December 18, 2017

The Double-Minded Man: Wavering Faith or Wavering Dedication?

Bud Talbert

In the midst of trials, Christians often lack the wisdom to think and act correctly. That is why James 1:5 says, “If any of you lack wisdom, let him ask of God, that giveth to all men liberally, and upbraideth not; and it shall be given him.” Wisdom comes from God, who gives it upon request, just as He did for Solomon (1 Kings 3:5–15). James gives four encouragements in verse 5 for asking God for wisdom. First, God gives it “to all men,” showing no favoritism. Second, God gives it “liberally.” Third, God “upbraideth not” in the giving. Finally, God promises that “it shall be given him.”

Verse 6 defines how the asking is to be done: “But let him ask in faith, nothing wavering.” Why? First, because “he that wavereth is like a wave of the sea driven with the wind and tossed.” Second, because (verse 7) the waverer should “not … think that he shall receive any thing of the Lord.” This doubting waverer is a “double minded man” and, as such, “is unstable in all his ways” (v. 8). The believer can always depend on God, but he must be completely devoted to God before he should expect an answer to his prayers.

Some assume that the problem addressed in verses 6–8 is a weak and wavering faith, a timid faith. But James’s language indicates that he is going much deeper than that. The person who cannot ask in faith during a time of trial is someone who lacks real dedication to God. The trial itself has turned his heart to God, but immediately he faces the reality that he cannot pray in faith because he knows that he is not completely devoted to God and to His will. His faith wavers because he is double-minded.

James states the condition for coming to God positively and negatively. We must positively ask in faith. Negatively, we must not waver. Asking in faith means asking with dependence upon God, submission to His will, trust in His Word, and an expectation of response. All of these things will be in the mind of the confident asker.

James adds “nothing wavering.” This verb refers to a division of mind between two options or opinions. A waverer is one who vacillates, one who “[halts] between two opinions (1 Kings 18:21). A person who asks in faith without doubting is a person whose heart is steadfast toward God. He is fixed in his dedication and commitment to God. James is not requiring strong faith. God will honor even a timid faith, if it is offered in the spirit of the father in Mark 9:24. But the noncommitment of the double-minded man undermines his faith completely.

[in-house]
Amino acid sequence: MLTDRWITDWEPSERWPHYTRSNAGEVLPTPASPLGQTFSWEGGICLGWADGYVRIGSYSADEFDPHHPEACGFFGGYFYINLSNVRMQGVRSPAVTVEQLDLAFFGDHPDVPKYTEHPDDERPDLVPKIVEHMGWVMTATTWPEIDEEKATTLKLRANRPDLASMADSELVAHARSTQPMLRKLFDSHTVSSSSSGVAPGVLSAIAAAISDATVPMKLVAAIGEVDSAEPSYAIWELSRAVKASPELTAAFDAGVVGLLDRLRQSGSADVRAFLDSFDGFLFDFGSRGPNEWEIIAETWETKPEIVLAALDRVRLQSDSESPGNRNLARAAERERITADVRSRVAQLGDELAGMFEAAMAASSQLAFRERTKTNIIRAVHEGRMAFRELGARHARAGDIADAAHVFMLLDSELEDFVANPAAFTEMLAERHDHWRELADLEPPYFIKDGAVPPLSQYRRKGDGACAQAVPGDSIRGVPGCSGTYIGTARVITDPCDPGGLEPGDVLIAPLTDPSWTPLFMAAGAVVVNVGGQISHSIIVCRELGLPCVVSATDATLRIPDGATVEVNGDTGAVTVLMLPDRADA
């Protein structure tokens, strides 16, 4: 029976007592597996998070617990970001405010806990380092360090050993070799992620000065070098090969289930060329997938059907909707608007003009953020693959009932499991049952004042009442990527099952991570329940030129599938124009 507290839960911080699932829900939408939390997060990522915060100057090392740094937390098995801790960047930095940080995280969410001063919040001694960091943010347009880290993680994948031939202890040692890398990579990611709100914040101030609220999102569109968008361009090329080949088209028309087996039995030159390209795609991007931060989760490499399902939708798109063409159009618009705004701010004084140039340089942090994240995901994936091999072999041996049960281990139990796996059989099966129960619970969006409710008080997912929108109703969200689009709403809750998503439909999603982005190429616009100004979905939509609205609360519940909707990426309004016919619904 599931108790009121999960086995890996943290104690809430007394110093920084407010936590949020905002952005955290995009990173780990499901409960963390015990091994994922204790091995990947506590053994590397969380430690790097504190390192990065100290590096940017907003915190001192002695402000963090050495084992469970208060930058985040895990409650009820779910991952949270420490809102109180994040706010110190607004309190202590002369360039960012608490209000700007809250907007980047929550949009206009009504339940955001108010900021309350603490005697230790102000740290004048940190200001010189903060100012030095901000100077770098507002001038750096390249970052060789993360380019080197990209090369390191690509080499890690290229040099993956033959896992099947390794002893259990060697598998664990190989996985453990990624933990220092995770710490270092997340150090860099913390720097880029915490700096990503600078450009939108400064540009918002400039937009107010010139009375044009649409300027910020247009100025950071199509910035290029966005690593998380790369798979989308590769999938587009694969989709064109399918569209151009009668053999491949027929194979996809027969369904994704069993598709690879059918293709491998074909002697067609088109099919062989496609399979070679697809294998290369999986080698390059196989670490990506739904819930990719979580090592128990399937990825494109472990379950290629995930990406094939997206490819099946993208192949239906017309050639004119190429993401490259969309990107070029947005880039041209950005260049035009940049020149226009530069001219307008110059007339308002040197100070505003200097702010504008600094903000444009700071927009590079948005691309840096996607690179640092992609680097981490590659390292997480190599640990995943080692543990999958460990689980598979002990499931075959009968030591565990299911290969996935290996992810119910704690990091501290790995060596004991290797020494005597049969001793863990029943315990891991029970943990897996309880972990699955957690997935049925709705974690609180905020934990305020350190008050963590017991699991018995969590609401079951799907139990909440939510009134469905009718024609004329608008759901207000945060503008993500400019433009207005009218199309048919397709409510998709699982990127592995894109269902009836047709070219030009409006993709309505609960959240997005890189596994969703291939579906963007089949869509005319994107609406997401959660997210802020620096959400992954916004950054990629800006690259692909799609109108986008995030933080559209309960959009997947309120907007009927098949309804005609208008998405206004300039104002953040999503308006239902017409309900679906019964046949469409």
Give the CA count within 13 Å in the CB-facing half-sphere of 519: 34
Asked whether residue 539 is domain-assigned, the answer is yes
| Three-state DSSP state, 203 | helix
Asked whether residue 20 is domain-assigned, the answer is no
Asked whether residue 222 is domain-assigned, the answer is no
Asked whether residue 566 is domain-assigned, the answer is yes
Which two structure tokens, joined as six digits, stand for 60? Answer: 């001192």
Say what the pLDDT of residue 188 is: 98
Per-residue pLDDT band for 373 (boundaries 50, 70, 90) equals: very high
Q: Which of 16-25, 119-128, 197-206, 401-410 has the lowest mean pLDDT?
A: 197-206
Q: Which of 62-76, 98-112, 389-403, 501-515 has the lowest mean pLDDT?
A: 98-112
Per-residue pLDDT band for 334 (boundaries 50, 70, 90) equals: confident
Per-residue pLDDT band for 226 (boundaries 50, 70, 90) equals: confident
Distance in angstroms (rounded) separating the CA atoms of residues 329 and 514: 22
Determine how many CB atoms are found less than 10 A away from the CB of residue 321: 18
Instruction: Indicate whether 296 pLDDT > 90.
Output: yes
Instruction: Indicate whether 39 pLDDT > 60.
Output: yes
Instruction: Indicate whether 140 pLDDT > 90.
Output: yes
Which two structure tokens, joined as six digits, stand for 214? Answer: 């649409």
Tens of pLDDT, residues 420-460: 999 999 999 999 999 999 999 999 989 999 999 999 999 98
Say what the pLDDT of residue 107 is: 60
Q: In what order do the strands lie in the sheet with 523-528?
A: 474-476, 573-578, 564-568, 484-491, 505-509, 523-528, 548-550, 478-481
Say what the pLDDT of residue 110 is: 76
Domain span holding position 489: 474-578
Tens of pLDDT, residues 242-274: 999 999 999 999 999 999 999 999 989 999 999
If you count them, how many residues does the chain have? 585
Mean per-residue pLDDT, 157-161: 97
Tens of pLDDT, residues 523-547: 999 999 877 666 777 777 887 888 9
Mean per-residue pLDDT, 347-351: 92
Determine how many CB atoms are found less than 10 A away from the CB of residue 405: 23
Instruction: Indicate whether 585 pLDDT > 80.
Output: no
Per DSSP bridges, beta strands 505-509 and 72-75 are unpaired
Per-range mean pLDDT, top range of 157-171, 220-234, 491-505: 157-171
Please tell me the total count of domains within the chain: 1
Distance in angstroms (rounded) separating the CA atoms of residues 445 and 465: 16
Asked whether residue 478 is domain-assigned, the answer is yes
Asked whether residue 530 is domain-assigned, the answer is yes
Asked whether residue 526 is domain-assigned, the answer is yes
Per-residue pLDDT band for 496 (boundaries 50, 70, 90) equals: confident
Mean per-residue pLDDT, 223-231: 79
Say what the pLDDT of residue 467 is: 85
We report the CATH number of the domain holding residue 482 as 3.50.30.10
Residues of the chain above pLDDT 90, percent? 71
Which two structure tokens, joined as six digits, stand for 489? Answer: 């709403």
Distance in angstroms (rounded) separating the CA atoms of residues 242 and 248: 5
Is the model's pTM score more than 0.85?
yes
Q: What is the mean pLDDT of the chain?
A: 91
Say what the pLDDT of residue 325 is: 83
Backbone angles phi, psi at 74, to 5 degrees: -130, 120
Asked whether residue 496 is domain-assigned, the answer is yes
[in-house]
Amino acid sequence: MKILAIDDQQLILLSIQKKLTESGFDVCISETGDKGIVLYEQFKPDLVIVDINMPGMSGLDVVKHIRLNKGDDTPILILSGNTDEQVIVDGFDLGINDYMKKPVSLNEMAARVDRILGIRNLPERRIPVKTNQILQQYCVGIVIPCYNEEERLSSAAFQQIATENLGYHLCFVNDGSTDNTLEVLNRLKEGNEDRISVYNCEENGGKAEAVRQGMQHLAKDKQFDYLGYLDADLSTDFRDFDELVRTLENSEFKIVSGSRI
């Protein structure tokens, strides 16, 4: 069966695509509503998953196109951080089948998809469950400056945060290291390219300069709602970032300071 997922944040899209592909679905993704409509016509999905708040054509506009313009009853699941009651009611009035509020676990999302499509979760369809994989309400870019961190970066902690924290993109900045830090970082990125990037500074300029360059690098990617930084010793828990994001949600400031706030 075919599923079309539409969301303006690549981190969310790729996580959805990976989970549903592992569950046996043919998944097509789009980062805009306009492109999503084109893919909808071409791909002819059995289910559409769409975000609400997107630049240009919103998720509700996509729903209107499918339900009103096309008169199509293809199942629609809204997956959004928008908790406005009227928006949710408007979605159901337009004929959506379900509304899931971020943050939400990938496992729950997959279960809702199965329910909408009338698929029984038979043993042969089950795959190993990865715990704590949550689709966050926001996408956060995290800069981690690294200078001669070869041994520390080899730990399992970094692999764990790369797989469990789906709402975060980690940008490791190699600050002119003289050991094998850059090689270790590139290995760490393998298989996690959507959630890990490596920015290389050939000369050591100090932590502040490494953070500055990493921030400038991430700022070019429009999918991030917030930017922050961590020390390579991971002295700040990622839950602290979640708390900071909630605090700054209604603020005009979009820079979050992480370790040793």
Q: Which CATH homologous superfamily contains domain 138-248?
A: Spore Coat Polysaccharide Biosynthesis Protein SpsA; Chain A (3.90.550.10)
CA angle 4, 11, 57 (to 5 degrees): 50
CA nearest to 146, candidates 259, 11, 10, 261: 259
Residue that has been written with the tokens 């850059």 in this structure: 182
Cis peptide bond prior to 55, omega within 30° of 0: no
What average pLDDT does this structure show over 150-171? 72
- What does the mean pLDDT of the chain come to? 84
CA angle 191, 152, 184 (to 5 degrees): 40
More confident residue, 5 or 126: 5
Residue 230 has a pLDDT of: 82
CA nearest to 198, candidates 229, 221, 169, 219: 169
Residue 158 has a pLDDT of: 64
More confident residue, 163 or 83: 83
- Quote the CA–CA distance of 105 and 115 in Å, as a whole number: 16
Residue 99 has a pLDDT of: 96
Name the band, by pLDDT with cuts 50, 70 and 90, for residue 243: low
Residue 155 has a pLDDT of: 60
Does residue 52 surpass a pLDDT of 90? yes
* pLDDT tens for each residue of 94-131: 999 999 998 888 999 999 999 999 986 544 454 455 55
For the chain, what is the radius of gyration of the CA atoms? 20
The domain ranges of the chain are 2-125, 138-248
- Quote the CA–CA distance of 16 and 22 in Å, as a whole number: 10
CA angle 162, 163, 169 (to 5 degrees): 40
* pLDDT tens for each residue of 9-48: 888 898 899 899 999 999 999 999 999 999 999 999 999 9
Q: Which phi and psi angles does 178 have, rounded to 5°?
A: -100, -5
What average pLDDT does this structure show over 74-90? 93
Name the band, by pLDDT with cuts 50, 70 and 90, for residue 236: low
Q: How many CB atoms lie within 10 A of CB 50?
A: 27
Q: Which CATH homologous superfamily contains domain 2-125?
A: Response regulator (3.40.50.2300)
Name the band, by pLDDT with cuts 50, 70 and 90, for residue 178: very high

The wavering person is “like a wave of the sea, driven with the wind and tossed.” Like a wave he is always responding instead of acting. He is never fixed, steady, sure. He is always moving about, depending upon what is pushing him. This instability is the consistent characteristic of the double-minded.

Verse 7 reminds the reader, “Let not that man think that he shall receive any thing of the Lord.” The waverer has no basis to suppose that God will give him anything he has requested. Again, this is very strong language to use of someone who merely has a timid faith. He is speaking of someone who is not really sold out to God fundamentally. “That man” won’t get anything from God. He will not have his answer, no matter how small a request he makes.

In verse 8 James offers two additional descriptions of the doubter. He is double-minded, and he is unstable. To be double-minded literally means to be “two-souled.” James, in typical Jewish fashion, alludes to the command of God in the Law that Israel was to be “whole-souled” (see Deut. 6:5; 10:12; 11:13; 13:3; and 30:6). The fellow in James 1:6–8 is not single-souled. He has a divided allegiance. James is going to use the term again when he says in 4:8, “purify your hearts, ye double minded.” The double- minded man’s attachment to other things in the place of God makes his heart impure.

As a result of his double-mindedness he is “unstable in all his ways.” This would not be true of the committed Christian who just has a timid faith. “An inconsistency of life results necessarily from the dissension of spirit, the divided heart. … Hesitation, inconsistency, varying purpose and effort exhibit themselves everywhere in his life” (Johnstone).

If in the course of trial a believer needs wisdom, he can confidently go to God for it, being persuaded of His impartiality, liberality, charity, and fidelity. But if he is an uncommitted Christian, then the trials are designed to purge the world out of him. Such Christians cannot have faith because their divided mind keeps them from being confident of God’s acceptance. They must do what is required to ask in faith, and that is to devote themselves utterly, without condition or reservation, to God.

Bud Talbert is president of Foundation Baptist College in Edmonton, Alberta, Canada.

(Originally published in FrontLine • September / October 2004. Click here to subscribe to the magazine.)

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